Rural 21 (Englische Ausgabe)

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  1. ABONNEMENT: Rural 21 (englisch)
    “Rural 21 – The International Journal for Rural Development” widmet sich seit über 50 Jahren den Fragen der ländlichen Entwicklung in Entwicklungs- und Schwellenländern. Neben den 17 Nachhaltigkeitszielen (SDGs) der Vereinten Nationen bis 2030 stehen thematisch Landwirtschaft, Klimawandel, Forstwirtschaft, Nahrungssicherheit, Armutsbekämpfung, Gesundheit und Bildung, natürliche Ressourcen und Umweltschutz im Mittelpunkt. Erfahren Sie mehr
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  2. Rural 21 (engl. Ausgabe 4/2021)

    Focus 2/2021: Food systems, nutrition and the SDGs

    In mid-June 2021 the UN Decade on Ecosystem Restoration was officially launched by the UN General Assembly. It follows the UN Decade on Biodiversity, which closed with the sobering assessment that none of the targets which the international community had set itself on world-wide conservation of biodiversity, the so-called Aichi Targets, had been fully achieved. On the contrary, never before has species extinction progressed as rapidly as during the last 100 years. And this is happening despite our all being fully aware that biological diversity and its related ecosystem services – such as food, clean water, clean air and natural ingredients of medicines, to name just a few – are essential for the survival of humankind.

    When the UN Decade on Ecosystem Restoration draws to a close, we will also have reached the target year of Agenda 2030, the year by which the Sustainable Development Goals (SDGs) ought to have been achieved. All of us know that the majority of these Goals cannot be reached if the current pace of biological extinction is not slowed down. And since the corona pandemic at the latest, it has become unambiguously clear just how closely the well-being of humans and that of nature are linked. So it is high time for us to rethink and completely revise our relationship with nature.

    One opportunity for this comes up this year’s October, when the international community gathers in Kunming, China, at the 15th Conference of the Parties of the UN Convention on Biological Diversity (COP15) to negotiate a new global biodiversity framework. What do we expect from these talks? We couldn’t put it better than Christian Schwarzer, Founding Member of the Global Youth Biodiversity Network, who said at the recent European Development Days: “I want you to fight for biodiversity as if the life of your beloved family were at stake.”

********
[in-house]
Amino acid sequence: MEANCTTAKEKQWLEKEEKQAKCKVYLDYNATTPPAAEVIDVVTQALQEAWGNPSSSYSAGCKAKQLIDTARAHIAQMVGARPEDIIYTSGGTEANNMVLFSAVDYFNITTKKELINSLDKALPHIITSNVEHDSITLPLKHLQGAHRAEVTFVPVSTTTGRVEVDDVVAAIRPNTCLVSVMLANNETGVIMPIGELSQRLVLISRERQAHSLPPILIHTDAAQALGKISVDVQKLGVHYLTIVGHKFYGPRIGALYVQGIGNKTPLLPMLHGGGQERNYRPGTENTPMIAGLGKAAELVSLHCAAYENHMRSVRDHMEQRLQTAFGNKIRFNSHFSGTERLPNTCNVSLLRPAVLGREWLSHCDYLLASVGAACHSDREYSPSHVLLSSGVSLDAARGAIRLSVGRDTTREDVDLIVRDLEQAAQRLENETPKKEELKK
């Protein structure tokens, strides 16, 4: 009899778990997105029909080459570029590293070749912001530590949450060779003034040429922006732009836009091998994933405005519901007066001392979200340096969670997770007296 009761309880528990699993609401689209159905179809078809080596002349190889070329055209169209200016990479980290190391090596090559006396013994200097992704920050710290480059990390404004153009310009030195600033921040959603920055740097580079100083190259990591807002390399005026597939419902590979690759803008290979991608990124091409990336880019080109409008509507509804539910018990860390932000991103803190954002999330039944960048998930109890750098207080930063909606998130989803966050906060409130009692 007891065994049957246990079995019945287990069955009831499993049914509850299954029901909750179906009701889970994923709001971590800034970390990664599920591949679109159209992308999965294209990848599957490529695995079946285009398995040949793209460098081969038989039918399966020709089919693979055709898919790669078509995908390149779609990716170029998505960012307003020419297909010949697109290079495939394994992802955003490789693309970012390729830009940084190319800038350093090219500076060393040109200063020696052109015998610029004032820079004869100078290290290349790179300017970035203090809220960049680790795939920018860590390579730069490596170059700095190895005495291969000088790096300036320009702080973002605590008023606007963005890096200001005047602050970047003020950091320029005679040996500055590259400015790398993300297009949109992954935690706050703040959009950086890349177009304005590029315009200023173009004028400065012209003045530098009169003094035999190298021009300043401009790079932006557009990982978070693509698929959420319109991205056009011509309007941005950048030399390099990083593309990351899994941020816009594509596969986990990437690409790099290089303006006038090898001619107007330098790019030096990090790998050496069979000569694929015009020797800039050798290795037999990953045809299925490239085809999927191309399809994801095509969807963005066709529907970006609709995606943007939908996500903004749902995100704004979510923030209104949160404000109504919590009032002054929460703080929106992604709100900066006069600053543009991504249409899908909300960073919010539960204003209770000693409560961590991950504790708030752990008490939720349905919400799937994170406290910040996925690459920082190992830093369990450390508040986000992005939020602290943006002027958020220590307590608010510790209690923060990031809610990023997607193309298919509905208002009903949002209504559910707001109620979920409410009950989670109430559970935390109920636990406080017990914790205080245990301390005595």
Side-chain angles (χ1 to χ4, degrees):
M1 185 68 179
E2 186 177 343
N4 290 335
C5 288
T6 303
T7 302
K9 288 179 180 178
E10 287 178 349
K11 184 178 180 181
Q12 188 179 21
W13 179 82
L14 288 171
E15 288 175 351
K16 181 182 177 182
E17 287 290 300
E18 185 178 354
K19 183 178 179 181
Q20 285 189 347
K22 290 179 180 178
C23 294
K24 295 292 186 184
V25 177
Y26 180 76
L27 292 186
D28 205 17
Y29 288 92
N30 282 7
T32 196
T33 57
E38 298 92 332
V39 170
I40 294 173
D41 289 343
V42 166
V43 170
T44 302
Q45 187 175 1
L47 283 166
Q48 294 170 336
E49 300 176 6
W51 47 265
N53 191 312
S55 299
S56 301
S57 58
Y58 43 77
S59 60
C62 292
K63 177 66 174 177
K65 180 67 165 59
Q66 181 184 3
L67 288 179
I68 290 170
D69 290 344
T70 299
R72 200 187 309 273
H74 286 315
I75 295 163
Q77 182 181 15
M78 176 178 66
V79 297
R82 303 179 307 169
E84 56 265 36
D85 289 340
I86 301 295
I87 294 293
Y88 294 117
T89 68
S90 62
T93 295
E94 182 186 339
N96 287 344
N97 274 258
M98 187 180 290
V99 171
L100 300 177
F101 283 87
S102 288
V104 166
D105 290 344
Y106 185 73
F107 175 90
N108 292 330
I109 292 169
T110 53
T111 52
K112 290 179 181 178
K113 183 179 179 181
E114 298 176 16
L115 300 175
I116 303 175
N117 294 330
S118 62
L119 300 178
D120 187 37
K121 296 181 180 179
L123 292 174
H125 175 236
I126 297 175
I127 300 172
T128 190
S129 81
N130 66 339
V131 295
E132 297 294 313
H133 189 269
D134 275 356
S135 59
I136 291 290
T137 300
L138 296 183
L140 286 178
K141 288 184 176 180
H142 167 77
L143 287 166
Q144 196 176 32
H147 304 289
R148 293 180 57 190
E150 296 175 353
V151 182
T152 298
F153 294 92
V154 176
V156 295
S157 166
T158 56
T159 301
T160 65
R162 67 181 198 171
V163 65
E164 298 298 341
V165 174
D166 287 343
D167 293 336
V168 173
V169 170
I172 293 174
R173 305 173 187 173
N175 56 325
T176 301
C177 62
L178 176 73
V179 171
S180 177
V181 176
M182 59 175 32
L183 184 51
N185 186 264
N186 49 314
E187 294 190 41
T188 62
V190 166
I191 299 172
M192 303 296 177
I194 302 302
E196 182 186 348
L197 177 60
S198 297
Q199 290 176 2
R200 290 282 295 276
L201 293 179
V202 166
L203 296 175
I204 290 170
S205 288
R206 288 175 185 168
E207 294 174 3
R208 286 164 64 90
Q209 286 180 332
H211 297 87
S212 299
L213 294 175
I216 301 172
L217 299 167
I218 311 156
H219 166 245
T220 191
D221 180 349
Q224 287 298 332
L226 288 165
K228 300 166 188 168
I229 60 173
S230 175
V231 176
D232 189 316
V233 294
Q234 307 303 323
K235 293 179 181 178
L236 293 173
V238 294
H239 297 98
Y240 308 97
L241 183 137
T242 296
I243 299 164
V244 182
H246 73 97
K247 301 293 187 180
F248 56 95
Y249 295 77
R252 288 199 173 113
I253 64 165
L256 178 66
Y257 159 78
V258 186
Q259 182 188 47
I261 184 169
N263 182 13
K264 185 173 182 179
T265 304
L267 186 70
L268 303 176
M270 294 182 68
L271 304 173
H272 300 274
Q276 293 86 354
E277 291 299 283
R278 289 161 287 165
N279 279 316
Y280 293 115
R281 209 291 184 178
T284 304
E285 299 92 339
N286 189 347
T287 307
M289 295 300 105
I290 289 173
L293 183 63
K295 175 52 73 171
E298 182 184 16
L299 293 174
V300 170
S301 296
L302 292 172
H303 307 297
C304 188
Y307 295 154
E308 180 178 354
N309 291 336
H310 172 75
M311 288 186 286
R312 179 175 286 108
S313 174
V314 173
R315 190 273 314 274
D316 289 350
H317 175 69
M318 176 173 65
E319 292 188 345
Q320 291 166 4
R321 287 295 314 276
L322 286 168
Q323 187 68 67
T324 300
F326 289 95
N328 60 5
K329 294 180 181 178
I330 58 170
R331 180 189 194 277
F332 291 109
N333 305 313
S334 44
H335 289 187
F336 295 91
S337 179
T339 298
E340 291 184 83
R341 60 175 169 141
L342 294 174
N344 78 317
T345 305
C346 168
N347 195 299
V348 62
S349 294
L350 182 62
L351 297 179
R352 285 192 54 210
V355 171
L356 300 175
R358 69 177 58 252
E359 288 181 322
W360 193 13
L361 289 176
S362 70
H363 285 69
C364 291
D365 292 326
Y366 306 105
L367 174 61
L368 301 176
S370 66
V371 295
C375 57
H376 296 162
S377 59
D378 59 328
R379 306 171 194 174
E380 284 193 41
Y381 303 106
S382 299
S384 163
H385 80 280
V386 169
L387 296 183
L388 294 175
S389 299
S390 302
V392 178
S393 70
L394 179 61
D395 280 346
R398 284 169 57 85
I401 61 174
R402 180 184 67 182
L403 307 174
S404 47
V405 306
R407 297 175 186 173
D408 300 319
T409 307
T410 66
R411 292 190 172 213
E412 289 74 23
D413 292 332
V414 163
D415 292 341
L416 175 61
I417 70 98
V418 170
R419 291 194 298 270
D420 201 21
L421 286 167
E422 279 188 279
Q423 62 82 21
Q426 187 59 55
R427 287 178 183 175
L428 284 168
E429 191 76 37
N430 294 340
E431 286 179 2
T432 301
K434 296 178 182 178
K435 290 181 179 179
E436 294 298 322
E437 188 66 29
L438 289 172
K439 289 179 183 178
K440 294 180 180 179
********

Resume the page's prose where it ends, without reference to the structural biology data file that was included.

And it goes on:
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  3. Rural 21 (engl. Ausgabe 3/2021)

    Focus 2/2021: Food systems, nutrition and the SDGs

    In mid-June 2021 the UN Decade on Ecosystem Restoration was officially launched by the UN General Assembly. It follows the UN Decade on Biodiversity, which closed with the sobering assessment that none of the targets which the international community had set itself on world-wide conservation of biodiversity, the so-called Aichi Targets, had been fully achieved. On the contrary, never before has species extinction progressed as rapidly as during the last 100 years. And this is happening despite our all being fully aware that biological diversity and its related ecosystem services – such as food, clean water, clean air and natural ingredients of medicines, to name just a few – are essential for the survival of humankind.

    When the UN Decade on Ecosystem Restoration draws to a close, we will also have reached the target year of Agenda 2030, the year by which the Sustainable Development Goals (SDGs) ought to have been achieved. All of us know that the majority of these Goals cannot be reached if the current pace of biological extinction is not slowed down. And since the corona pandemic at the latest, it has become unambiguously clear just how closely the well-being of humans and that of nature are linked. So it is high time for us to rethink and completely revise our relationship with nature.

    One opportunity for this comes up this year’s October, when the international community gathers in Kunming, China, at the 15th Conference of the Parties of the UN Convention on Biological Diversity (COP15) to negotiate a new global biodiversity framework. What do we expect from these talks? We couldn’t put it better than Christian Schwarzer, Founding Member of the Global Youth Biodiversity Network, who said at the recent European Development Days: “I want you to fight for biodiversity as if the life of your beloved family were at stake.”

     

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    8,30 €
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  4. Rural 21 (engl. Ausgabe 2/2021)

    Focus 2/2021: Biodiversity

    In mid-June 2021 the UN Decade on Ecosystem Restoration was officially launched by the UN General Assembly. It follows the UN Decade on Biodiversity, which closed with the sobering assessment that none of the targets which the international community had set itself on world-wide conservation of biodiversity, the so-called Aichi Targets, had been fully achieved. On the contrary, never before has species extinction progressed as rapidly as during the last 100 years. And this is happening despite our all being fully aware that biological diversity and its related ecosystem services – such as food, clean water, clean air and natural ingredients of medicines, to name just a few – are essential for the survival of humankind.

    When the UN Decade on Ecosystem Restoration draws to a close, we will also have reached the target year of Agenda 2030, the year by which the Sustainable Development Goals (SDGs) ought to have been achieved. All of us know that the majority of these Goals cannot be reached if the current pace of biological extinction is not slowed down. And since the corona pandemic at the latest, it has become unambiguously clear just how closely the well-being of humans and that of nature are linked. So it is high time for us to rethink and completely revise our relationship with nature.